Triple Double Injustice

MeSomeone nice just wrote to me and expressed sympathy with the social hassles that I (being a transgender girl) tend to have to deal with.  Before feeling automatically sorry for myself in spontaneous agreement, I did a reality check, concluded he has a point and thanked him for it.

I ended up concluding that some idea sets and the people who adhere to them are indeed unjust. That doesn’t make such people the representatives of the planet, i.e., them being unfair doesn’t make the world unfair. It means there are some unfair jerks around, but that’s probably not much of a news item anyway.

* * *

The three points below might be very empowering for you.

Me, wearing my favorite dress

1. If anyone’s religious doctrine or script claims something is so, that doesn’t actually make it so.  Someone else’s say-so, real or alleged, cannot be a rational basis of ethics.  Each person has to deduce and validate his or her ethical principles logically, and if these happen to agree with a principle in an ancient script, then great.  But the irony of the issue is that I’m unaware of anything in any revered ancient script being anti-transgender. Yet that’s the vibe I get from official religions, which are a major force in the world and they set the ideological “whom to hate” standard for much of the planet.  Assuming rational dialog were viable, it’d be interesting to contact major religions’ main offices and to ask them their opinion on transgender people and to “show their work,” i.e., to trace the “we do not’ approve of transgender people ” policy back to the ancient scripts on which they are supposed to base their ideas.

Even if ancient scripts were explicit that transgender people are bad people, that wouldn’t make it so, and for organized religions to be anti-transgender as a matter of general policy would even then be unfair.  But, to be anti-transgender even without any basis in any ancient script is worse yet — and that’s the situation today.  So, that’s not just unfair but it’s quite literally doubly unfair.

2. Being transgender says nothing about one’s sexual preference.  One can be transgender and straight, transgender and bisexual or transgender and gay.  So, being anti-gay is no basis for being anti-transgender.

Being anti-gay is, of course, irrational anyway.  But being anti-transgender as part of being anti-gay is even less logical yet.  And yet, there’s much of that around. So, that again is not just unfair but again, quite literally, doubly unfair.

3. Rarely does a conversation with an anti-transgender person have much clarity but if it did then that person might say, “I have issues with a man dressing like a woman or vice versa.”  Being self-appointed fashion police makes no sense.  A man dressing as a woman is totally within his rights and deserves no less to be a 100% respected member of society.  But, I happen to agree with the anti-transgender person’s style guidance as far as I’m personally concerned which is why I, as a transgender girl, enjoy dressing as a girl.  And yet the person whose agenda I’m being consistent with (be a female, dress as a female) is actually objecting to my dress code. So, again, that is not just unfair but literally doubly unfair.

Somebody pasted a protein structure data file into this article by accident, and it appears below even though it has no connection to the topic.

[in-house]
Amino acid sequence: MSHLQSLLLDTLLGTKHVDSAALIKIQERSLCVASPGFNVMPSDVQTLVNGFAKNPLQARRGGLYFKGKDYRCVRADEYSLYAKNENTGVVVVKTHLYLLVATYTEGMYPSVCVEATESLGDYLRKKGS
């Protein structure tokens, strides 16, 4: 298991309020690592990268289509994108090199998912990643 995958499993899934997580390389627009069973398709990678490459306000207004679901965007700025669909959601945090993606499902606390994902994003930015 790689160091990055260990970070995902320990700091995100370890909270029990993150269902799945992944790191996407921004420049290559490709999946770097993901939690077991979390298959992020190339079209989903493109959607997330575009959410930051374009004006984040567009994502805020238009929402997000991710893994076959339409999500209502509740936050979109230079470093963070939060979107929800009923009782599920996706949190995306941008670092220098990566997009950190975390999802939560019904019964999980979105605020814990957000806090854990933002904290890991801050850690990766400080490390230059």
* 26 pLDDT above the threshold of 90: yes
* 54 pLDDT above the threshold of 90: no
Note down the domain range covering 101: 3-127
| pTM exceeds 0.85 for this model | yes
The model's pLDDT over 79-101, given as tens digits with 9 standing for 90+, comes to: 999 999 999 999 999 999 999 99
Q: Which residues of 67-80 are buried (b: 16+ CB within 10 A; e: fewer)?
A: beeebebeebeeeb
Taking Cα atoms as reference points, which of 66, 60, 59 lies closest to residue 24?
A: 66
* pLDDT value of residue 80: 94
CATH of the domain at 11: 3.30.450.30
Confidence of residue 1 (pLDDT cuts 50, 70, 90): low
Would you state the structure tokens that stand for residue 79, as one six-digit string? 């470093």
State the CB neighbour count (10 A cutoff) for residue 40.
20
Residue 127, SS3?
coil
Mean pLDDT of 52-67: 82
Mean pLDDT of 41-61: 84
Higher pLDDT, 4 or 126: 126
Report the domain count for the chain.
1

* * *

Me, wearing my favorite dressDouble injustice, three times over … not good. So, now what?  Now, we realize how empowering it is to have an adversary who is basically illogical.

Sometimes one’s adversaries can look powerful if only due to sheer meanness, the authority they have, and how dominant a position they have in the relevant subculture.  But, if they’re illogical, that’s ultimate the flaw that leads to the fall of even the scariest groups of people.  If someone doesn’t make any sense, word finally gets out and reason prevails — in a relatively free society, by improving it, or in a non-free society by its collapse after which, history shows, it is sometimes replaced by a more free society.

Even so, these things take time. As we work to oppose irrationality it’s important to not fall victim to it.

* * *

Me, in my favorite dressIf you feel isolated and beleaguered, reach out and become involved with a group of healthy transgender people and others who are transgender-friendly.

If you’re physically isolated, reach out on the Web (and if you don’t know where to go, ask me).  If you’re in a small town where the culture is hopelessly irrational and potentially dangerous, plan to visit a big city with a more transgender-friendly culture (and if you don’t where to go, ask me and maybe I’ll be your tour guide in Reno or San Francisco). It’ll probably feel good to see how different a culture can be, and my premise is that this can be a prelude to you moving to, or closer to, a geographical location where you’re farther away from dangerous, destructive influences and closer to positive ones.

For example, big cities have many violent criminals and so such places are also dangerous, but a small town in which a small gang bands of thugs unopposed and actively seek out transgenders to terrorize, and they already know you are transgender and they know where you live — to me, that seems even more dangerous  and I’d suggest you consider moving to a safer place.

Violence targeted against transgender people, especially teenagers, is a matter of historical fact.  If I ever read about you in the news, I’d like it to be something like “first transgender US President elected to office” not “body of slain transgender youth found in city dump.”

* * *

Me, in my favorite dressMy basic point is that it makes sense to understand how fundamentally lame and silly anti-transgender people are and to oppose irrationality but without putting yourself in avoidable danger as a result.


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